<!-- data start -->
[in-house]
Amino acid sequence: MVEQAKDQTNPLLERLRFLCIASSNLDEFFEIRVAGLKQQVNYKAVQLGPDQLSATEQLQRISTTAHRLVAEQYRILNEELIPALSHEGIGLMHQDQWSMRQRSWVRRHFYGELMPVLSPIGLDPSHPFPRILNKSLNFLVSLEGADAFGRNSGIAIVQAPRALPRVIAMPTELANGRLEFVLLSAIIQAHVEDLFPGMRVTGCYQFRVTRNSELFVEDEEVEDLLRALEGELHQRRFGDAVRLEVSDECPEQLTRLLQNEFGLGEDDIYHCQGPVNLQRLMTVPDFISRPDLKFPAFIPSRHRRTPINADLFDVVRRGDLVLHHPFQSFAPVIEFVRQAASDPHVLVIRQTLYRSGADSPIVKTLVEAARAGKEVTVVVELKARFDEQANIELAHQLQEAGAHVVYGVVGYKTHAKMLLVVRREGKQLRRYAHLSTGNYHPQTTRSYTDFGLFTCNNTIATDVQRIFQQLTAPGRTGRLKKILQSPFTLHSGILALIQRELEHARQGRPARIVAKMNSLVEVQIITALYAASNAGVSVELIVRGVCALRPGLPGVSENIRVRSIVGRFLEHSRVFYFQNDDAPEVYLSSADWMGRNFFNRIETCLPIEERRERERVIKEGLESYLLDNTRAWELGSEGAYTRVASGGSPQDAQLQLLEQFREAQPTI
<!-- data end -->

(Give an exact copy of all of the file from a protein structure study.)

[in-house]
Amino acid sequence: MVEQAKDQTNPLLERLRFLCIASSNLDEFFEIRVAGLKQQVNYKAVQLGPDQLSATEQLQRISTTAHRLVAEQYRILNEELIPALSHEGIGLMHQDQWSMRQRSWVRRHFYGELMPVLSPIGLDPSHPFPRILNKSLNFLVSLEGADAFGRNSGIAIVQAPRALPRVIAMPTELANGRLEFVLLSAIIQAHVEDLFPGMRVTGCYQFRVTRNSELFVEDEEVEDLLRALEGELHQRRFGDAVRLEVSDECPEQLTRLLQNEFGLGEDDIYHCQGPVNLQRLMTVPDFISRPDLKFPAFIPSRHRRTPINADLFDVVRRGDLVLHHPFQSFAPVIEFVRQAASDPHVLVIRQTLYRSGADSPIVKTLVEAARAGKEVTVVVELKARFDEQANIELAHQLQEAGAHVVYGVVGYKTHAKMLLVVRREGKQLRRYAHLSTGNYHPQTTRSYTDFGLFTCNNTIATDVQRIFQQLTAPGRTGRLKKILQSPFTLHSGILALIQRELEHARQGRPARIVAKMNSLVEVQIITALYAASNAGVSVELIVRGVCALRPGLPGVSENIRVRSIVGRFLEHSRVFYFQNDDAPEVYLSSADWMGRNFFNRIETCLPIEERRERERVIKEGLESYLLDNTRAWELGSEGAYTRVASGGSPQDAQLQLLEQFREAQPTI